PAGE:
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August 16, 2019 Comments (1) Views: 238 Good Food Culture

Picnic at Maesmynis

Malcolm Jolley wishes to start a lifestyle trend…

As I get older I am trying hard not to become a crank. My wife and children might question how resolved I am at not being a crank, but at least in public life I am doing my best not to be rude to strangers. One of the most important way I express this resolve is to quietly ignore the ridiculous public relations pitches I am sent by email, several times a day. So, for instance, when I am entreated to cover a subject because I am told it’s its “National Day“, or when I am given “an exclusive VIP invitation” to a chain restaurant event in a shopping mall, I take a deep breath, press delete, and turn my attention to subjects more good food revolutionary, like a good bottle of wine. In this spirit, I did not reply to the message I received this morning for a jet lag cure. Its author began the pitch by correctly asserting that one of the key causes of discomfort following a long flight is dehydration, due (at least in part) from dry air at high altitude in pressurized cabins. Turns out the company behind the pitch had come up with some kind of high tech formulation to combat this condition by taking a three-step curative sequence of powders at the beginning, middle and end of a long flight. Naturally the way to take the powders was with 500 ml of water each. I have a degree in English, so matters of science are not my particular strong suit, but it seems to me that drinking a litre and a half of water is as good a cure for dehydration as there could be, and the effect of whatever eye of newt magic the company had formulated in the powder packets was likely superseded by good old H20.

More common than pitches for cures in my inbox are pitches for lifestyle diets and the cookbook authors or bloggers selling them. The keto diet, originally developed for children with life threatening epilepsy, seems to still be big, even after a few years. Before then it was paleo. After fifteen years covering the food beat, I think the best healthy lifestyle advice is more or less what my mother told me: get a good night’s sleep, get outside and get some fresh air and eat your vegetables. If I do that, and watch the wine intake, I feel pretty good. Even if I don’t watch the sauce the too closely, I have also observed that the better the wine, the better I feel.

I have been thinking about this because I am on my annual holiday at my in-laws’ farm in hills of mid-Wales. I am drinking well out of my father-in-law’s cellar and eating my vegetables grown from his big market garden. The clean fresh air makes it easy to sleep at night, and if the weather isn’t too bad, my wife, my ten year old son and I will take a three or four hour hike over the green hills and dales that surround us. Yesterday we took a circuitous route, starting on the Epynt Way, high up in moorland, and then over a couple of valleys to climb Moelfre. Moelfre is 450 meters high, so I think it’s a only a hill, but it’s high enough to get a good view of the Brecon Beacons to the south, the Black Mountain to the southeast near the border with England, and much of the Wye Valley to the north. We did the route in just a little over three hours, it didn’t rain once, and we planned it perfectly so that we had a picnic halfway through our rambles in a cow’s pasture that was in a valley protected by the wind next to a fast moving stream. Provisions were simple: bottled water from the farm’s well, and a ham and cheese sandwich on sourdough dressed with cucumbers from the garden.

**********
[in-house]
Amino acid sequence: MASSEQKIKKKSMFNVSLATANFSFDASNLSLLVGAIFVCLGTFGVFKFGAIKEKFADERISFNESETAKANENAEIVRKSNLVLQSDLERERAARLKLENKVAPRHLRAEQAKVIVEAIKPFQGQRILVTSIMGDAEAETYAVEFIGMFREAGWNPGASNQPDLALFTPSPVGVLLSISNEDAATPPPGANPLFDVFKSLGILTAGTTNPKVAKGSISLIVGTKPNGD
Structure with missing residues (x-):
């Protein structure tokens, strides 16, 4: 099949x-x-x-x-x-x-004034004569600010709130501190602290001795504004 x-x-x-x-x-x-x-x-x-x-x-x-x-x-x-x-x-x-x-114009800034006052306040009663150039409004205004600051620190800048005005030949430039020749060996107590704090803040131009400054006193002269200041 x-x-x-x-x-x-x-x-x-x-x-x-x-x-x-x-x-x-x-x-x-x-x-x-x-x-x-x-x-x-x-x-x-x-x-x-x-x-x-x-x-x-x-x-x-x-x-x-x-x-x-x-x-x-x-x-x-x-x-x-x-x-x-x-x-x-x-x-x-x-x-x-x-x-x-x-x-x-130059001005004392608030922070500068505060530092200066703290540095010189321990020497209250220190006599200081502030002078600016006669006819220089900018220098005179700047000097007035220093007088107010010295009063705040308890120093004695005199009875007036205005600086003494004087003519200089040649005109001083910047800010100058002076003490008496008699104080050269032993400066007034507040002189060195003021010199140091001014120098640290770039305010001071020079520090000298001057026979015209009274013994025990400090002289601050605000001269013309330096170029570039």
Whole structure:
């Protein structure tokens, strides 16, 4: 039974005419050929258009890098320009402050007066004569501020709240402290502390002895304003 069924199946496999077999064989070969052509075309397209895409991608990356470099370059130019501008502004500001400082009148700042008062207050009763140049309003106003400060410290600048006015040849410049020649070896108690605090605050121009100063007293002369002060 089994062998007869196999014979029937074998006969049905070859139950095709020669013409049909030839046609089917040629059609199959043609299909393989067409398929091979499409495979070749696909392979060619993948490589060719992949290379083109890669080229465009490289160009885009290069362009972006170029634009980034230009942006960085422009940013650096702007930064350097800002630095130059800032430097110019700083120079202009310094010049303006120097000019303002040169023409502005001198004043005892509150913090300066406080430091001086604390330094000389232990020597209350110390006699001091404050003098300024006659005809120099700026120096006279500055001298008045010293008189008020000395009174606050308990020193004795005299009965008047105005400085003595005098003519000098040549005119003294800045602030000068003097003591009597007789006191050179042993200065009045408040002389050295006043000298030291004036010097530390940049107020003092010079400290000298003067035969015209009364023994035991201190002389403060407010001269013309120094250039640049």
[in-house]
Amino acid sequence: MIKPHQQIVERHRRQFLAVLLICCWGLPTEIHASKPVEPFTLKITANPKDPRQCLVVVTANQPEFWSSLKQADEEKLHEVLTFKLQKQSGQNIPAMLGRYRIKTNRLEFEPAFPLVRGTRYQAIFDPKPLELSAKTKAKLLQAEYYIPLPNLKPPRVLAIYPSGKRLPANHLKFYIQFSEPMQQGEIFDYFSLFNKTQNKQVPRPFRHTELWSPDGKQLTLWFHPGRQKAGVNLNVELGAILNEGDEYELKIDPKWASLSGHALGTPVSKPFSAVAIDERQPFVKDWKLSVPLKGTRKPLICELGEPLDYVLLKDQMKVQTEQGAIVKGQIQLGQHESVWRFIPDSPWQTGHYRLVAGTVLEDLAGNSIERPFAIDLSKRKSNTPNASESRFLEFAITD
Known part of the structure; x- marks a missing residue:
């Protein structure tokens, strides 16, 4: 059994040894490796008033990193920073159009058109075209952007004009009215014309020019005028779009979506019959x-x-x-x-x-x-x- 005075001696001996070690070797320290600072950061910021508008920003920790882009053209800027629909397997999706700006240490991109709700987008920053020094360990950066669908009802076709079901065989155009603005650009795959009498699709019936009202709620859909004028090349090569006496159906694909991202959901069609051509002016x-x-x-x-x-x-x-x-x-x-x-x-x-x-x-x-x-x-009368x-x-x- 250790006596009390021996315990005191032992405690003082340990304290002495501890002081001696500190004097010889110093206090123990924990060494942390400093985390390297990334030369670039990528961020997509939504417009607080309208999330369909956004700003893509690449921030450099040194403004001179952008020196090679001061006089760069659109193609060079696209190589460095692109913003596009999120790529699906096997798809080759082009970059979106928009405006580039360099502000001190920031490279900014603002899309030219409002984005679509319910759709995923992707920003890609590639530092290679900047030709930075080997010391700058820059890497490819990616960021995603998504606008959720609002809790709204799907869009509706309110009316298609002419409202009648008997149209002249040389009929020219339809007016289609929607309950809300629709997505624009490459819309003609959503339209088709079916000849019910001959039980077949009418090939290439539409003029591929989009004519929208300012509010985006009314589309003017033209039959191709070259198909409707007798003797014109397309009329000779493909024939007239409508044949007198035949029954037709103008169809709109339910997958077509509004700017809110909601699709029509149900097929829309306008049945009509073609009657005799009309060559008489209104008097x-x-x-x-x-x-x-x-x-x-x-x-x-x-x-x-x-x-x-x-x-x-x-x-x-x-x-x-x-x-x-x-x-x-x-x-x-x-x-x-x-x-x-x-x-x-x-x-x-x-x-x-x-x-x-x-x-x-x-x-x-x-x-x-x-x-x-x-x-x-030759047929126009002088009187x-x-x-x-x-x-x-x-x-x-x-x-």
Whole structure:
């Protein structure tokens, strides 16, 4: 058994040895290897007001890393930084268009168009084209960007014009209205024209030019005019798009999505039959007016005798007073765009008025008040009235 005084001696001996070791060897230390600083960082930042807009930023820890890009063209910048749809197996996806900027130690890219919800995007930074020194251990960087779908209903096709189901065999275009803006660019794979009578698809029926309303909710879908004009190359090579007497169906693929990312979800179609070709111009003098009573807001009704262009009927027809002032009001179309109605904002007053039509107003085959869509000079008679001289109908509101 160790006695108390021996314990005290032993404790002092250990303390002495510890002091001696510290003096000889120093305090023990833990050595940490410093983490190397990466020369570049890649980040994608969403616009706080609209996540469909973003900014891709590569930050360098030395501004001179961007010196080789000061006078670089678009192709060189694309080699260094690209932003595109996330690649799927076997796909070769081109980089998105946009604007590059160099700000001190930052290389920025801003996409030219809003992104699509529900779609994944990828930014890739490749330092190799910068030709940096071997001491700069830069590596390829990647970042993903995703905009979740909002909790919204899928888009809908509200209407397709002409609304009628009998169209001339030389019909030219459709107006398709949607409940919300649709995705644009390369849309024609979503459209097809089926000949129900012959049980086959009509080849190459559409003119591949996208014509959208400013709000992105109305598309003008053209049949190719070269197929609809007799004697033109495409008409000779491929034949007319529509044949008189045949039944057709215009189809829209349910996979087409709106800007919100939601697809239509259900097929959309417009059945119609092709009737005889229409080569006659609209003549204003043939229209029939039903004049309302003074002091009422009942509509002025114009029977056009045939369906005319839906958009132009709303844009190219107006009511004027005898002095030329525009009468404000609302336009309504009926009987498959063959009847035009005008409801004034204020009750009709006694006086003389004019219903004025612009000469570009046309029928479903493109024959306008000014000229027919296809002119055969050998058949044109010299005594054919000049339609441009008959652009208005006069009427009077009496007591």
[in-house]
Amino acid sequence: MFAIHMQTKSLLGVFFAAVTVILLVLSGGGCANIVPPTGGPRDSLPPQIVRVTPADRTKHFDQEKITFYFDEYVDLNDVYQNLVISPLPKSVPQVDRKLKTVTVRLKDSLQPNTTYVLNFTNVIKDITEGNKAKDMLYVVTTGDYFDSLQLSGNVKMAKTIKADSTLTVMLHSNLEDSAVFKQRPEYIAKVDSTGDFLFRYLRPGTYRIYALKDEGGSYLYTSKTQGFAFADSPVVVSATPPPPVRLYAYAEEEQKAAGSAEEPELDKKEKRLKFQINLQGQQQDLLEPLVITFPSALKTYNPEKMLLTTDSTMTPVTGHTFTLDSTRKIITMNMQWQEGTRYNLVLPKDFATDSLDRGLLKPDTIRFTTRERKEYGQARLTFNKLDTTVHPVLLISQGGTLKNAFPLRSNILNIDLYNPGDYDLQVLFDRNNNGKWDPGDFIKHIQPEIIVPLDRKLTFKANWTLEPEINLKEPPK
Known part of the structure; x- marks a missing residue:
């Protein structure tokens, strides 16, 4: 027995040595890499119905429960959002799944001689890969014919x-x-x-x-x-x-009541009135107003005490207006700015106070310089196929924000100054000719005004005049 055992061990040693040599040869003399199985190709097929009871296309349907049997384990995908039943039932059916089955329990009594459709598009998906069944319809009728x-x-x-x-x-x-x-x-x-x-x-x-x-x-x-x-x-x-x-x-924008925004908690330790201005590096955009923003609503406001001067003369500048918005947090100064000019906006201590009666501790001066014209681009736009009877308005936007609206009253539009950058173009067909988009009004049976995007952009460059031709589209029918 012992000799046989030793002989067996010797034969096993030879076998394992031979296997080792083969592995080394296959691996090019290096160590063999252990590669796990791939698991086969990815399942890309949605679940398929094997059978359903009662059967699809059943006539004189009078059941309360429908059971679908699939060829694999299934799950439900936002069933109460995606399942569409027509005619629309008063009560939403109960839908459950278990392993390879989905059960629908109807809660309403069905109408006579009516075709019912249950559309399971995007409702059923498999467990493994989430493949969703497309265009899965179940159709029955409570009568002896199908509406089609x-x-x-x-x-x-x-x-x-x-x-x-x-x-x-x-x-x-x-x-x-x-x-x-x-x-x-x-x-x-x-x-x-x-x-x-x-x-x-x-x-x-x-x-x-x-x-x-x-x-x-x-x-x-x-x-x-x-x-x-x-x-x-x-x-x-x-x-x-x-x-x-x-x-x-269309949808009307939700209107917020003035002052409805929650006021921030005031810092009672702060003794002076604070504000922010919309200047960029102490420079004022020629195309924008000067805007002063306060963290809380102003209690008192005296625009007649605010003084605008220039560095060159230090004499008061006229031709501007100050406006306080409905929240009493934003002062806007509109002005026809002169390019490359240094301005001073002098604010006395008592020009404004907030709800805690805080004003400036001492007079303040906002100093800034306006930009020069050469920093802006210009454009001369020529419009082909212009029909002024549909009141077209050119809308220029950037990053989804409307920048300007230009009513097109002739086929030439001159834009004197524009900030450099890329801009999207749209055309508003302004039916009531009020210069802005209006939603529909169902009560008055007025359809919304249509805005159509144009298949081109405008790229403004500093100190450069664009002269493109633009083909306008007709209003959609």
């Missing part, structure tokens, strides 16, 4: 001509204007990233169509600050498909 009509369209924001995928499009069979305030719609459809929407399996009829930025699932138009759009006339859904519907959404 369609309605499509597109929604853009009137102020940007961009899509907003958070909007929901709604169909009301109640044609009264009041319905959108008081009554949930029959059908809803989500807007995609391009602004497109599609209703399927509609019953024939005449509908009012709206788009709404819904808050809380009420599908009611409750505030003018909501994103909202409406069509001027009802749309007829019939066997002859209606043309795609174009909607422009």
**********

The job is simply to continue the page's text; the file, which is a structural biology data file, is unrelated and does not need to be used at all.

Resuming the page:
Could this sandwich be the key to a healthier and more vibrant lifestyle?

I am staying in a house full of people who know how to cook well, including the ten year old’s two teenage brothers, who are becoming quick students of the culinary arts, if not the breadth of the domestic ones. So, I can’t tell you that a butcher’s ham and old Cheddar sandwich an hour and a half into a Welsh countryside hike was the best thing I’ve eaten this week. I also don’t believe there is “the best” of anything at any time, but that’s another essay. I will say that it was really good, seasoned with the hunger of exercise and fresh air. There’s nothing really like it. Maybe I should start a lifestyle blog.

One Response to Picnic at Maesmynis

  1. Patricia says:

    Lucky you. My parents met while working in Wales and that’s where they married before crossing the pond to Canada 🇨🇦

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